In the last seven days, there was a total of 37 new COVID-19 cases of Evanstonians. The 37 new cases equate to about 50 new cases per 100,000 people in the seven-day period.

The case positivity rate over the last seven days is 0.6%.  

There has been a total of 4,051 COVID-19 cases of Evanston residents during the pandemic, 144 of which are active.  

No Evanstonian died due to COVID-19 in the last 24 hours. The number of deaths due to COVID-19 remains at 114.

Impact of Northwestern University. Northwestern University has posted data on its website reporting that between March11 and March 17 there were 17 new confirmed COVID-19 cases. The number includes people who live outside of Evanston. The City says it does not know how many of these cases are people who live in Evanston.  [5]

Illinois – COVID

 In the State, there were 2,325 new COVID-19 cases reported today, up from 1,655 yesterday.  

Statewide, the average number of new cases per day in the last seven days is 1,669. The seven-day average one week ago on March 11 was 1,593, so today’s number is up by 5%.

Today’s seven-day average is down from an all-time high of 12,380 on Nov. 17. An accompanying chart shows the trend.

In the seven days ending March 18, the number of new cases per 100,000 people in the State was 92, up from 88 one week ago.

The seven-day case positivity rate for the State today is 2.4% and the test positivity rate is 2.7%.

On a Statewide basis, the number of hospitalizations due to COVID-19 was 1,120 as of midnight on March 17. This is down from an all-time high of 6,171 on Nov. 23.

The number of patients using ICU beds is 252, down from 1,195 on Dec. 1. The number of patients on ventilators is 100, down from 724 on Dec. 1.

On a Statewide basis, there were 34 deaths due to COVID-19 in the last 24 hours, which brings the total to 21,022.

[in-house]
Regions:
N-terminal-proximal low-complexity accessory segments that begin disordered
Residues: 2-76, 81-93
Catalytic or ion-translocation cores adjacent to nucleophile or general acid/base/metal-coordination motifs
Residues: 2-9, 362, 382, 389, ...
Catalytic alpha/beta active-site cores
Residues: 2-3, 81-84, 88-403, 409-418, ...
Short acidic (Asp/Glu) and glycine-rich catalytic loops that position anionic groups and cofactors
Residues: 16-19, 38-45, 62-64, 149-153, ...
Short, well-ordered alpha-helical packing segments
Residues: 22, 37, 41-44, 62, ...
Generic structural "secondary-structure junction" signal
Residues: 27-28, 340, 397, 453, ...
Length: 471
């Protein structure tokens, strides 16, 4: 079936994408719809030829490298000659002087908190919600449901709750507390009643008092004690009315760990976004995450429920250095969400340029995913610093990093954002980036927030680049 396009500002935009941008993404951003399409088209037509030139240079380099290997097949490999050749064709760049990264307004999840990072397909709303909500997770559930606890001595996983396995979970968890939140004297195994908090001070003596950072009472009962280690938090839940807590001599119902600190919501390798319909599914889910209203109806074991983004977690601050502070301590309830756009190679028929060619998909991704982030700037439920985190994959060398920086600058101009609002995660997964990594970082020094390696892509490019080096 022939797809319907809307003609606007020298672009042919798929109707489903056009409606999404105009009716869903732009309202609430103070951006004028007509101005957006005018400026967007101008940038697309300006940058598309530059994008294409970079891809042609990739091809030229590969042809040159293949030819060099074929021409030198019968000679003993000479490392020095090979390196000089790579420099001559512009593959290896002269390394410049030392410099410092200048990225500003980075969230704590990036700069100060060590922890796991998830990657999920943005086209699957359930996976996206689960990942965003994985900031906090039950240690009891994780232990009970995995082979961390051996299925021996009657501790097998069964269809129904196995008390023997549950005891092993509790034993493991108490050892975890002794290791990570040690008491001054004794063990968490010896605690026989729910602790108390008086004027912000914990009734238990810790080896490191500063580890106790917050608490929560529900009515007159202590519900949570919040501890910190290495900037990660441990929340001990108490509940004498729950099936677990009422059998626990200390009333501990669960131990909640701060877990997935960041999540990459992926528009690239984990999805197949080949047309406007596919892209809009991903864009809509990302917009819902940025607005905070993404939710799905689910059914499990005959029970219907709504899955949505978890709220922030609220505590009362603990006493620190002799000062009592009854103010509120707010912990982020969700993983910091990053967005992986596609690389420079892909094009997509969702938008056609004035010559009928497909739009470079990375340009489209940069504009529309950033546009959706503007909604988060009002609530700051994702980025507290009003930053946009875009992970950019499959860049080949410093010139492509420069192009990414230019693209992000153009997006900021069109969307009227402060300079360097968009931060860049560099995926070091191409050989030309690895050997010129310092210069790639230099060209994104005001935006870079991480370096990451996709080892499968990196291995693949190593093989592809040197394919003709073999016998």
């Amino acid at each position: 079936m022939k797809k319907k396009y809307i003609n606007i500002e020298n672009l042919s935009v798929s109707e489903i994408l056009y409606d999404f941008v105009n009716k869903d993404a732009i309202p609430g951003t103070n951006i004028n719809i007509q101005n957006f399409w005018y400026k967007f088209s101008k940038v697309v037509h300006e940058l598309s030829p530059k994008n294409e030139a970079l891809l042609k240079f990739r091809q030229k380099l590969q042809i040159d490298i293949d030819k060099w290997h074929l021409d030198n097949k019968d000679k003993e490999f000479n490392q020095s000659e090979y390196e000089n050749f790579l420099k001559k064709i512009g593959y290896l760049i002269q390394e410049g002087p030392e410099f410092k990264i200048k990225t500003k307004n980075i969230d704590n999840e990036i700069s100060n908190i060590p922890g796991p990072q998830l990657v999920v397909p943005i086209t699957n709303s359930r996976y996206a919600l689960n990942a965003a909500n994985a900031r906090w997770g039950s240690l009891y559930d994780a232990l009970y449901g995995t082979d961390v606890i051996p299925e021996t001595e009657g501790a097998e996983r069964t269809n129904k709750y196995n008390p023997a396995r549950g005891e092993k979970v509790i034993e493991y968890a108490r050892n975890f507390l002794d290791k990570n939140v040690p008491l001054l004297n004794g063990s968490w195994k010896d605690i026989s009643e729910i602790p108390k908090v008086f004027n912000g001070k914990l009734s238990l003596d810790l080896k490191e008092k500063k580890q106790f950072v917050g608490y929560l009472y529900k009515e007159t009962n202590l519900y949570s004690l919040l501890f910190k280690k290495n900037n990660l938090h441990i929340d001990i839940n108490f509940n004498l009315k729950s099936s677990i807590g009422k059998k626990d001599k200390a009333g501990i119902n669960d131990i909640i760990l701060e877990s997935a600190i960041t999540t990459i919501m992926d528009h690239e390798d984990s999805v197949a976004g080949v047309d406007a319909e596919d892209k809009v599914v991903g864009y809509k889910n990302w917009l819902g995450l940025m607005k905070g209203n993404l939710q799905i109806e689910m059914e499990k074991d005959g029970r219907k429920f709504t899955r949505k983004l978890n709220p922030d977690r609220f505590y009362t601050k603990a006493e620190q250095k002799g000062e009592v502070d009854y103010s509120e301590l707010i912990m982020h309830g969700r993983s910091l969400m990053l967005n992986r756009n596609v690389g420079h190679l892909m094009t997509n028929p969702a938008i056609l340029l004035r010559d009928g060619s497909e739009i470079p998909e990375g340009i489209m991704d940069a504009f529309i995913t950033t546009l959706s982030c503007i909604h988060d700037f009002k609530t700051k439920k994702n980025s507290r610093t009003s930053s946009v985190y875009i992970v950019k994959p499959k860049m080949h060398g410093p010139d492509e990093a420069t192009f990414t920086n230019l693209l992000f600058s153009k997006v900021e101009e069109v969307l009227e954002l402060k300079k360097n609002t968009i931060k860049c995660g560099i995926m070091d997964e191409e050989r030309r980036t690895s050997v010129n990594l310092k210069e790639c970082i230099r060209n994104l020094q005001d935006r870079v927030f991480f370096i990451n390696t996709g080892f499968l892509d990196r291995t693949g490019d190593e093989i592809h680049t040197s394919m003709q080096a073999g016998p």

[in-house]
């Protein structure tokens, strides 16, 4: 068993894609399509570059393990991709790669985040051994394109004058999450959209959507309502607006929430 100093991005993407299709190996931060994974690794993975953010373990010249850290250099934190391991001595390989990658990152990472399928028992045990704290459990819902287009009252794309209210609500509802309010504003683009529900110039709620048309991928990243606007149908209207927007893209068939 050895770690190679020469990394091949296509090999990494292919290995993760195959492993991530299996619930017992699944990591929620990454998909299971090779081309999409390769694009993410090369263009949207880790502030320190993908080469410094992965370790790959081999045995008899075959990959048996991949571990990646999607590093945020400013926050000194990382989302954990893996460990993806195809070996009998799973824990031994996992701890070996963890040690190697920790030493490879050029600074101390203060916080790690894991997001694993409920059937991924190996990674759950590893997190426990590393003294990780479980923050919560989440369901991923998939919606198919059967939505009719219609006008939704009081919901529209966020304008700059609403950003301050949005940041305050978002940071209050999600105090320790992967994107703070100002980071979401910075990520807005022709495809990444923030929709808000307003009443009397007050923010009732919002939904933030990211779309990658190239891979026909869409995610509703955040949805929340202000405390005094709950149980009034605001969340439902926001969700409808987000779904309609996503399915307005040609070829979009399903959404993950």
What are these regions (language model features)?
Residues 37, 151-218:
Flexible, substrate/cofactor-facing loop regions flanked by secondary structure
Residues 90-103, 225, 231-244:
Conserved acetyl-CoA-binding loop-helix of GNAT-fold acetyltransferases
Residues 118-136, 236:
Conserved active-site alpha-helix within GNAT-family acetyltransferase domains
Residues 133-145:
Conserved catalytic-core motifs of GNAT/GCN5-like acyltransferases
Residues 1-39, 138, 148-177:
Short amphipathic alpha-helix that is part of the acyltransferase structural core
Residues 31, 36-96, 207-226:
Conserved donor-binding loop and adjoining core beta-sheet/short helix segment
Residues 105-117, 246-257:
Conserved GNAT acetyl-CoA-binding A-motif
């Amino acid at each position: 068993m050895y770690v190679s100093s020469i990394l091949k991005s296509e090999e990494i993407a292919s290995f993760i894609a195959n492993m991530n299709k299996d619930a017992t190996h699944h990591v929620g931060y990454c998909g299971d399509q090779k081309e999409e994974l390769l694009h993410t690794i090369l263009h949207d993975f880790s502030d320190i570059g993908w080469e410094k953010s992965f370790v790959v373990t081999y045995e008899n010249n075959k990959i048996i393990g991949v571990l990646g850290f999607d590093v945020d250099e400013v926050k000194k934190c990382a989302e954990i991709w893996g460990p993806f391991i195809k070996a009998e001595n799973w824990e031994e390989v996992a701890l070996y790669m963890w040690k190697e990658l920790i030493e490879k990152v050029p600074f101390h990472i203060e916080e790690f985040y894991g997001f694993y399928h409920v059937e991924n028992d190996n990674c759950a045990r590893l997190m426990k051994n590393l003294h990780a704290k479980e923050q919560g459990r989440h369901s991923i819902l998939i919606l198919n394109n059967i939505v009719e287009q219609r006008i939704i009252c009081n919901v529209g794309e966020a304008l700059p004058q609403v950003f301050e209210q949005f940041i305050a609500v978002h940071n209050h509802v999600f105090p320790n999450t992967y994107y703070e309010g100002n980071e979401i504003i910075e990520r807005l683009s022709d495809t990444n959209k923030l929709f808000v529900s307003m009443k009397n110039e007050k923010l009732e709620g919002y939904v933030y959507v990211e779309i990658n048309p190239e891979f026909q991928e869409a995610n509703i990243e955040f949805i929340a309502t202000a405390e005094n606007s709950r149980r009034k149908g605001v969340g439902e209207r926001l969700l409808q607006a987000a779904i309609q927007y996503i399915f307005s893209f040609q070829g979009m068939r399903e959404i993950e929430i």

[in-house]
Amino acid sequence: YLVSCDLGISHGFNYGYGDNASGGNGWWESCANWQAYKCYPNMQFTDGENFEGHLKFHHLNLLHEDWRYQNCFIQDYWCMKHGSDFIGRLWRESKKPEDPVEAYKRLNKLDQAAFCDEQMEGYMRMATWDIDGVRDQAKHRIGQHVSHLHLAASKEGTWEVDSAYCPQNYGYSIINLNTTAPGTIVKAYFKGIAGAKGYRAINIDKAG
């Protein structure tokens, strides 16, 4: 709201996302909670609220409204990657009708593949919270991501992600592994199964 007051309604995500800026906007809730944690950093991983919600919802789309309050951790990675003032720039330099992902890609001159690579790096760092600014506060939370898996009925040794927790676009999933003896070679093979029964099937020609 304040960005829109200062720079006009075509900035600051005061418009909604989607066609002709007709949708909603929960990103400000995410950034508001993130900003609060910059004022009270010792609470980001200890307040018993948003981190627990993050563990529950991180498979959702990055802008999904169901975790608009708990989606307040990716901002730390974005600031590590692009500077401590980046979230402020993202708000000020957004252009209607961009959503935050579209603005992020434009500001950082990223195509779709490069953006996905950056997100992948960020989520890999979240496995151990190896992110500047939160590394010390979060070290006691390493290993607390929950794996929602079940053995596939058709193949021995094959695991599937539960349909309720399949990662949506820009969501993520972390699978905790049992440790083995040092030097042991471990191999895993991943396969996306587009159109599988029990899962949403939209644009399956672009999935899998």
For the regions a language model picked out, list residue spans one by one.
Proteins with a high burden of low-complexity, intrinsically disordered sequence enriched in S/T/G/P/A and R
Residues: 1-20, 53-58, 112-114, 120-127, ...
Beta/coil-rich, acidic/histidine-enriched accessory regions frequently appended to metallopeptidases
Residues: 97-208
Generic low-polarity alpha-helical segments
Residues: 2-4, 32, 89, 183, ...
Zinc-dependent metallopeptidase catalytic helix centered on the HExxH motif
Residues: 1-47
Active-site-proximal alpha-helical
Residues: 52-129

For the last seven days, the numbers of deaths in the State are 39, 23, 19, 12, 19, 17, and 34 today. The seven-day average is 23.

Variants in Illinois

IDPH is reporting a total of 133 confirmed cases of COVID-19 variants in the State: 125 are the variant first discovered in the UK; 3 are the variant discovered in South Africa, and 5 are the variant discovered in Brazil.

Vaccinations in the State

A total of 5,587,315 doses of vaccine have been delivered to providers in Illinois, including Chicago and long-term care facilities. IDPH is currently reporting that a total of 4,375,171 doses of vaccines have been administered.


1/ On Feb. 12, the CDC issued a “K-12 School Operational Strategy.” As part of that strategy, the report says, “CDC recommends the use of two measures of community burden to determine the level of risk of transmission: 1) the total number of new cases per 100,000 persons in the past 7 days; and 2) the percentage of nucleic acid amplification tests (NAATs), including RT-PCR tests that are positive during the last 7 days. The two measures of community burden should be used to assess the incidence and spread of SARS-CoV-2 in the surrounding community (e.g., county) and not in the schools themselves.” The CDC provides a chart to assess whether the risk of transmission is low, moderate, substantial, or high. The CDC recommends different types of mitigations depending on the risk level. If the two indicators suggest different levels of risk, the mitigations recommended in the higher level of risk should be implemented, says CDC. The table below, reprinted from CDC’s report, provides CDC’s Indicators and Thresholds for Community Transmission of COVID-219.